The long term solution to Coastal erosion goes beyond just the engineering aspect.. There's something called community based adaptation. Communities have to be mobilized to stand in the front line using the resources they have within their means to be able to protect themselves. If you note, historically the coastline of Liberia was lined with coconut trees, mangoes and other trees, species that kind of serve as a natural defense against coastal evolution. During the course of the war, a lot of those natural defences were destroyed because of people hunting for food and using the trees for other things.. So as we now move into living in reality with climate change, it is good to work along with communities to build their capacity to make sure that communities are able to engage in planting trees along the coastal area again.
When it comes to adaptation, people must be informed. People must understand the risks associated with living in certain areas along the coast because if people are aware of the risks that they face they can inform them in terms of taking concrete action. So, fortunately for Liberia through the early warning system project, we do now have a lot of information around weather, information around sea level rise, information around the risks that such pose to communities.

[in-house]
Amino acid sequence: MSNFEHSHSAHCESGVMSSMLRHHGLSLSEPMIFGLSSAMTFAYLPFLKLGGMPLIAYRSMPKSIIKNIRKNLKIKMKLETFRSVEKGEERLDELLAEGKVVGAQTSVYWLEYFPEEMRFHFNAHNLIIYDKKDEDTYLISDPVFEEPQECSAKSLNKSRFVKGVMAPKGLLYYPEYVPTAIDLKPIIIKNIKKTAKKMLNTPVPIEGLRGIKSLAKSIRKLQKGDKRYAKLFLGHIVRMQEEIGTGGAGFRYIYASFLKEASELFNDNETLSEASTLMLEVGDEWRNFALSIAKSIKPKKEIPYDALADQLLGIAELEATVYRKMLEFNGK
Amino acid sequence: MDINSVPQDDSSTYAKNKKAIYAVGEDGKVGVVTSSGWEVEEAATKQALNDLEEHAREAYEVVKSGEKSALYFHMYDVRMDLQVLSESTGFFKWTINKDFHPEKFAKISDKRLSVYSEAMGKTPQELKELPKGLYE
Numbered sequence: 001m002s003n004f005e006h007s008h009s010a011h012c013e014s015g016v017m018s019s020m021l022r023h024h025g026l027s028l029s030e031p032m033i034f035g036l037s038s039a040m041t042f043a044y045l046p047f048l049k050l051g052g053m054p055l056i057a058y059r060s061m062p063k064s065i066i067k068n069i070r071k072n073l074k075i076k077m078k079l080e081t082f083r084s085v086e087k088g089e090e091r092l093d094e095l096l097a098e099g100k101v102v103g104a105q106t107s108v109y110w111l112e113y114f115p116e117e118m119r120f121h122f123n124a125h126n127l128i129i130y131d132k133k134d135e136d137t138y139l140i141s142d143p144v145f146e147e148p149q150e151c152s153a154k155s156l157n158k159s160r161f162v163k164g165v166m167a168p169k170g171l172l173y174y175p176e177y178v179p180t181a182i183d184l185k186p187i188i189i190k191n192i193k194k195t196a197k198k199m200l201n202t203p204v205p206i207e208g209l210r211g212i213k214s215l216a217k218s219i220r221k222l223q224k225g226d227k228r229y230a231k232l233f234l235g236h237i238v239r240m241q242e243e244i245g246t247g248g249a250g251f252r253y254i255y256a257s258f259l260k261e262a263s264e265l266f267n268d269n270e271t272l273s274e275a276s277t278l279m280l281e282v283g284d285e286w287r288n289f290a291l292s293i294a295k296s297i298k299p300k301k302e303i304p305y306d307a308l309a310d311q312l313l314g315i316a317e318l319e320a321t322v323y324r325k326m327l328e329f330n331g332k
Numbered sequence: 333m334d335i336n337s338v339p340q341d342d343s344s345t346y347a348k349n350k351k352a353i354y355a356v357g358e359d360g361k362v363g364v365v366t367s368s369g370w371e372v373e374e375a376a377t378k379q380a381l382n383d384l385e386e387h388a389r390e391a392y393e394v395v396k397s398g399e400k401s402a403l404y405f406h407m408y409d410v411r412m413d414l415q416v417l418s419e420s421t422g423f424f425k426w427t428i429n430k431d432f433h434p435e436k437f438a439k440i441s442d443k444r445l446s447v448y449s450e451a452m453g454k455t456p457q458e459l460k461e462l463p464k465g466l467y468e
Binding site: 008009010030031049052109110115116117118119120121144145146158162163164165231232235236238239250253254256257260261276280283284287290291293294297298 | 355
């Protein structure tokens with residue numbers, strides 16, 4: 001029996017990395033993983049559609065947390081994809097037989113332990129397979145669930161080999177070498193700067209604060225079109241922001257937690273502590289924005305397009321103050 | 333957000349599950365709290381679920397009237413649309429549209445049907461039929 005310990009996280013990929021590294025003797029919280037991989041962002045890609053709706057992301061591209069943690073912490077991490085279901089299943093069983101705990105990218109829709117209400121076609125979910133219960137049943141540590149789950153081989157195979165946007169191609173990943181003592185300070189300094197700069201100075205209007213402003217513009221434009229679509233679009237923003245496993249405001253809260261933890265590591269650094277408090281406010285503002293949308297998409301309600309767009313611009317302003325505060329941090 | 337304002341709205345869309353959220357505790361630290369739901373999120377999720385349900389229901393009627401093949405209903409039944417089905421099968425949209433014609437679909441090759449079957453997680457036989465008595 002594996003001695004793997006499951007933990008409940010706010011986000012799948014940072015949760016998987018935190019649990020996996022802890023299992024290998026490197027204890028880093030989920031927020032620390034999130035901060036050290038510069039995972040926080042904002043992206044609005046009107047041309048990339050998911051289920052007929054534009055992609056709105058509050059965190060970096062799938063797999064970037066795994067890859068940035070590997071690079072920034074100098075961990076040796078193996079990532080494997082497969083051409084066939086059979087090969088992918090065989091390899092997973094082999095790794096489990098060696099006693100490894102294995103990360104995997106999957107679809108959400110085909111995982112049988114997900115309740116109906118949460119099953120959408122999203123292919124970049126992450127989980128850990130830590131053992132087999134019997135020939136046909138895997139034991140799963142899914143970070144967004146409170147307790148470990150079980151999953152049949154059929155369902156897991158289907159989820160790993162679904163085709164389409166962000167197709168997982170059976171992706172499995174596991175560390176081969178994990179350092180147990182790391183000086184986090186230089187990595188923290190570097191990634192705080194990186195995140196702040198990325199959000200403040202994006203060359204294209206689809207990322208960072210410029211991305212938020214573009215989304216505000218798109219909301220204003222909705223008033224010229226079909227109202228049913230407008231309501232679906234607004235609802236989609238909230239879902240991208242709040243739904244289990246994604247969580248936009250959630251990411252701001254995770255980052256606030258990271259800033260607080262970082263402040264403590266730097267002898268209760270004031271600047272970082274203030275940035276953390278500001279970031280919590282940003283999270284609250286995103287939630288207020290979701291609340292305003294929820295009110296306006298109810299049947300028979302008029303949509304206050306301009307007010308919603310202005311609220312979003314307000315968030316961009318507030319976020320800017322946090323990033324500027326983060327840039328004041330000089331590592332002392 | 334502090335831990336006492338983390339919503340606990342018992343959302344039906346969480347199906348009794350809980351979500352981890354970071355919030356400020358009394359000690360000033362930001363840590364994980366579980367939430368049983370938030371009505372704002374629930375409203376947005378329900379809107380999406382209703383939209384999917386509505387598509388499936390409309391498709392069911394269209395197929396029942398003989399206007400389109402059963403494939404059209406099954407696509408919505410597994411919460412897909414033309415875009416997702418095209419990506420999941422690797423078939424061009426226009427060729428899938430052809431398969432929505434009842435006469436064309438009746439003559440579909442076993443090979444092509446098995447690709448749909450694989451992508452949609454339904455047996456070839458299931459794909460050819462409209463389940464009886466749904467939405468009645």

The next thing is to make sure that there are adequate coastal management plans in the country to make sure people are constructing houses along the coast consistent with those plans because those plans and strategies will ensure that certain areas are off limits restricted from people constructing those areas. Because if an area is below sea level and exposed heavily to the potential coastal erosion. You cannot have people building in those areas.
“When it comes to adaptation, people must be informed. People must understand the risks associated with living in certain areas along the coast because if people are aware of the risks that they face they can inform them in terms of taking concrete action.”
What are effective ways of engagement for community-based adaptation?